Opening the new science frontier: Your brain
Researchers have discovered a way to make the human brain transparent, which in turn makes it possible to explore three-dimensional images right down to the molecular circuitry.
So what’s the big deal about making the brain transparent?
The recipe for transforming cadaver brains into see-through research tools stands to accelerate investigations of Alzheimer’s disease, schizophrenia and a host of other brain maladies, and already has led to a significant insight into the peculiar characteristics of neurons associated with Down syndrome and autism.
Photo: Raoul Ranoa / Los Angeles Times, Brady MacDonald / Nature
Science is fundamentally amazing. There just isn’t a fact that isn’t remarkable. What drew me to write about science is that, although I had been a terrible student of science at school, I was certain that there must be some level at which even I could engage with science.
What happens when a conservative website “discovers” a study that studies the explosive corkscrew nature of duck genitalia and how it relates to sexual evolution? Their commenters completely lose their minds at the idea that the government would fund such basic science research (srsly, read the comments … or actually maybe don’t).
Except that basic science research like this is the cornerstone of innovation and discovery. Carl Zimmer stands up for this kind of science in this must-read article, and I stand behind him. Besides, xkcd’s money chart reminds us that this isn’t why the budget is in trouble, maybe?
Science is a journey of unknowns, a slow and careful march into uncharted territories of human knowledge. We can not predict how research will benefit humanity, because those benefits might be years, or even decades down the road. Or they might not materialize at all.
You can’t fund the invention of an MRI machine, instead you fund basic research in the physics of magnetic resonance on living tissues. Likewise, studies of sexual conflict in ducks can unlock the secrets of our own evolution, and might even help us understand mysterious conditions like preeclampsia (which killed Sybil on Downton Abbey, an event I have not fully recovered from).
This is why it is so important to share science with your friends, and to make sure that scientists and science folks everywhere are connecting with the public. Because if you don’t communicate your science, then someone else will do it for you, and nefariously.
By this point, you probably want to see the slo-mo videos of those explosive corkscrew genitalia, right? Here ya go.
Perhaps most tragically, the critics seem to be missing the easy opportunity to make “stimulus package” jokes … which is funny, I don’t care who ya are.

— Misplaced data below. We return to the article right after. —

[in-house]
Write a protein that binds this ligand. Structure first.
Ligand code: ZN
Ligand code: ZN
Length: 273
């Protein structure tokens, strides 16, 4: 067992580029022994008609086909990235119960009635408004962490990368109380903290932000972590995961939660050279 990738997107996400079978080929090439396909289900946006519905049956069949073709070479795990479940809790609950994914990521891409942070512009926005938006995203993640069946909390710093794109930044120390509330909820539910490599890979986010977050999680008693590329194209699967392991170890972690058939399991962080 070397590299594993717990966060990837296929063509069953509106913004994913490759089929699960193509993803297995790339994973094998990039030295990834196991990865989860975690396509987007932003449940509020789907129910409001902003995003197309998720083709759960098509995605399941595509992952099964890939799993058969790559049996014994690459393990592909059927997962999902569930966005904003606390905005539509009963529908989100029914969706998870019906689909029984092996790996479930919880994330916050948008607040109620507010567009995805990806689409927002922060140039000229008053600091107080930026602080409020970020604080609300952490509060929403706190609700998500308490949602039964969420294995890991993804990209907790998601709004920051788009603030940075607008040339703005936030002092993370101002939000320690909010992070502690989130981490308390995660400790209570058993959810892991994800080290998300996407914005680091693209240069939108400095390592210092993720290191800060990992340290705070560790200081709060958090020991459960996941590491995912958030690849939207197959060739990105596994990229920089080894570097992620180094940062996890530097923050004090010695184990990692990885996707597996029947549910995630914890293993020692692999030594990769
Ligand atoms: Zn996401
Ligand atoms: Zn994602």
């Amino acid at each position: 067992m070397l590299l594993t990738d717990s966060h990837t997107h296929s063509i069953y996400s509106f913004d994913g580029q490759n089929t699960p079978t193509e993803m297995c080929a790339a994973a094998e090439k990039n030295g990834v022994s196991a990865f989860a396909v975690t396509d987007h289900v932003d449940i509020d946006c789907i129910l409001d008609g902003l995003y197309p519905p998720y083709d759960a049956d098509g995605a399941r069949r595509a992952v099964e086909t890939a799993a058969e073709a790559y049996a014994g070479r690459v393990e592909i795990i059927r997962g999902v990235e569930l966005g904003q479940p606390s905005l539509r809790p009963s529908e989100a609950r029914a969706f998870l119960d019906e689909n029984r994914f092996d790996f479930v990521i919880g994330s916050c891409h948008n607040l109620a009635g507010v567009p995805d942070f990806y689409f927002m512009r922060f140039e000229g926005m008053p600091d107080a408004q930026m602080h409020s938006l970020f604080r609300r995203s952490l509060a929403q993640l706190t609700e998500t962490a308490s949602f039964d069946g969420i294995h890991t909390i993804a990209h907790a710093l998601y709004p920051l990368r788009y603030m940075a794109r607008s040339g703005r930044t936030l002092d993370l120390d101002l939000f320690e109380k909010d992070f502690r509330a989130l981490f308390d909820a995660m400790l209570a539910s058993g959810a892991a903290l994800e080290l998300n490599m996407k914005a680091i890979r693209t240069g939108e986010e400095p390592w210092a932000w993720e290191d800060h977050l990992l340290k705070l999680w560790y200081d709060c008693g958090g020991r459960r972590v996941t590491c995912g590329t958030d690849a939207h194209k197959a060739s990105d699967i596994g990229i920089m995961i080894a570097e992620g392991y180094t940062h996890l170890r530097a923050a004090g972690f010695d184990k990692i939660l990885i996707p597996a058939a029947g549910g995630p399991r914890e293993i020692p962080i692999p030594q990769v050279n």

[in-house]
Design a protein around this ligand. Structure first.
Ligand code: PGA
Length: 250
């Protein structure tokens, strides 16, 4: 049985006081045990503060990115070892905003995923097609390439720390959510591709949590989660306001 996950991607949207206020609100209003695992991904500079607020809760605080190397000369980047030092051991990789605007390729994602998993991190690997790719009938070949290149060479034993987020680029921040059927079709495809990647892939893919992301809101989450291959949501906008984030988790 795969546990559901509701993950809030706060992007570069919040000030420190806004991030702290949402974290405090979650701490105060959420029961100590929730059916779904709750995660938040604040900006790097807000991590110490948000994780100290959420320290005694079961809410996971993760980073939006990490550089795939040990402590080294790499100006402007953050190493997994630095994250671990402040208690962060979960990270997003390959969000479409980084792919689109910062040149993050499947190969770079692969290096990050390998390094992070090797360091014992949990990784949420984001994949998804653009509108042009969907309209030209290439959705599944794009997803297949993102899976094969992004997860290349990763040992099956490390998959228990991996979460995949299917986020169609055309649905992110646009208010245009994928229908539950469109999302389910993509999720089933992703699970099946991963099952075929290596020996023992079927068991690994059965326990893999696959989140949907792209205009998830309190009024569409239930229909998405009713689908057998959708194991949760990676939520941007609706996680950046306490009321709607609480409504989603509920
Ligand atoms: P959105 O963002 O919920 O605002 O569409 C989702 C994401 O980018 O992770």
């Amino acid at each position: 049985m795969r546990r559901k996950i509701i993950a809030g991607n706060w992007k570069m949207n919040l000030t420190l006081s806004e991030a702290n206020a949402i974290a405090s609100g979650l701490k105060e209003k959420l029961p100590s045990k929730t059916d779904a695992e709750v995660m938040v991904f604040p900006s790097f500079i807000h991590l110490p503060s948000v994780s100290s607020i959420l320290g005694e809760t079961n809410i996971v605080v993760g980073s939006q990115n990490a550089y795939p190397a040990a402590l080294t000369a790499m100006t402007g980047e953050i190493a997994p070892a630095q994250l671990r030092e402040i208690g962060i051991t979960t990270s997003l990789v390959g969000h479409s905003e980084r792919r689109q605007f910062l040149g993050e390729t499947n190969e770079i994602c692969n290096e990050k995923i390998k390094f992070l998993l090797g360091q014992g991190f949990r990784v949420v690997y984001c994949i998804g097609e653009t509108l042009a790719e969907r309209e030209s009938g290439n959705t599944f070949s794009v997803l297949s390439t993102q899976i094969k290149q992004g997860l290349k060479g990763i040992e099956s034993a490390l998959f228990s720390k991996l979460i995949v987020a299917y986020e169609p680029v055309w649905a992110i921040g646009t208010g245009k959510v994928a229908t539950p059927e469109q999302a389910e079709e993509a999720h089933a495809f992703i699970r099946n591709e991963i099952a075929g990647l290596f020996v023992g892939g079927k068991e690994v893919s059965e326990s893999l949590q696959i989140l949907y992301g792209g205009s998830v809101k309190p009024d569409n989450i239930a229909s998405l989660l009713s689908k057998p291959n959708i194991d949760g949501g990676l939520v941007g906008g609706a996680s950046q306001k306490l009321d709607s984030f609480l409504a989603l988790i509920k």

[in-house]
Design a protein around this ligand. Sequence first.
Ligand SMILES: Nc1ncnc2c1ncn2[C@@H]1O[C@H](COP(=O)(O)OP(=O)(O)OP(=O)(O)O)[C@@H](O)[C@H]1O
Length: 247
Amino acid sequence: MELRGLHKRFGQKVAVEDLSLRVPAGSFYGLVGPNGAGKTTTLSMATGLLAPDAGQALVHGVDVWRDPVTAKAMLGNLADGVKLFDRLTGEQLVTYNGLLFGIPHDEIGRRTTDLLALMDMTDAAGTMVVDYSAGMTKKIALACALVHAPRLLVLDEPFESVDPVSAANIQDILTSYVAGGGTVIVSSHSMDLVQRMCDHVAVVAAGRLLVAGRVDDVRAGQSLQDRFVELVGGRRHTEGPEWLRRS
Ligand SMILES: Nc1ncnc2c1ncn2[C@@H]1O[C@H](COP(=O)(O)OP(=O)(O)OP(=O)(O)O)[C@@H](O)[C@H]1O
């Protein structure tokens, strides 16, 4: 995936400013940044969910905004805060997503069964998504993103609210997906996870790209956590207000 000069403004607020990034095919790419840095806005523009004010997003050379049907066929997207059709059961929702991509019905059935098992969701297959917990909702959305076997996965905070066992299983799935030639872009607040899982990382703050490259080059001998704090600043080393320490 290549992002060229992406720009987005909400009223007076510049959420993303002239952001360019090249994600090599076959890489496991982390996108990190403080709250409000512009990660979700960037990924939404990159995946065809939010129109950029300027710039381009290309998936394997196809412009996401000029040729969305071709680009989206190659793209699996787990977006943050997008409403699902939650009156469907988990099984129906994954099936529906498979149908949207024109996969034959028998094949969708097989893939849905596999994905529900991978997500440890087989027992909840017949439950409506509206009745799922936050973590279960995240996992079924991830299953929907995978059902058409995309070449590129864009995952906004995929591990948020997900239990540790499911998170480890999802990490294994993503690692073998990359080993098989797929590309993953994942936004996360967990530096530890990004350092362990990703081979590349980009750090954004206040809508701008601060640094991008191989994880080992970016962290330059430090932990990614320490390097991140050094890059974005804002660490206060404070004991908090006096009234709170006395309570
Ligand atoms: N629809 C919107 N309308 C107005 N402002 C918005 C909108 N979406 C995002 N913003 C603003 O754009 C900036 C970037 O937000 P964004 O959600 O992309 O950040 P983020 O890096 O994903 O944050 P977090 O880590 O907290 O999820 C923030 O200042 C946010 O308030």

Our understanding of brain activity has traditionally been linked to brain areas – when we speak, the speech area of the brain is active. New research by an international team of psychologists led by David Alexander and Cees van Leeuwen (Laboratory for Perceptual Dynamics) shows that this view may be overly rigid. The entire cortex, not just the area responsible for a certain function, is activated when a given task is initiated. Furthermore, activity occurs in a pattern: waves of activity roll from one side of the brain to the other.
The brain can be studied on various scales, researcher David Alexander explains: “You have the neurons, the circuits between the neurons, the Brodmann areas – brain areas that correspond to a certain function – and the entire cortex. Traditionally, scientists looked at local activity when studying brain activity, for example, activity in the Brodmann areas. To do this, you take EEG’s (electroencephalograms) to measure the brain’s electrical activity while a subject performs a task and then you try to trace that activity back to one or more brain areas.”
In this study, the psychologists explore uncharted territory: “We are examining the activity in the cerebral cortex as a whole. The brain is a non-stop, always-active system. When we perceive something, the information does not end up in a specific part of our brain. Rather, it is added to the brain’s existing activity. If we measure the electrochemical activity of the whole cortex, we find wave-like patterns. This shows that brain activity is not local but rather that activity constantly moves from one part of the brain to another. The local activity in the Brodmann areas only appears when you average over many such waves.”
Each activity wave in the cerebral cortex is unique. “When someone repeats the same action, such as drumming their fingers, the motor centre in the brain is stimulated. But with each individual action, you still get a different wave across the cortex as a whole. Perhaps the person was more engaged in the action the first time than he was the second time, or perhaps he had something else on his mind or had a different intention for the action. The direction of the waves is also meaningful. It is already clear, for example, that activity waves related to orienting move differently in children – more prominently from back to front – than in adults. With further research, we hope to unravel what these different wave trajectories mean.”
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Some of my interests (list has not been updated in years):
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Things I've saved for later.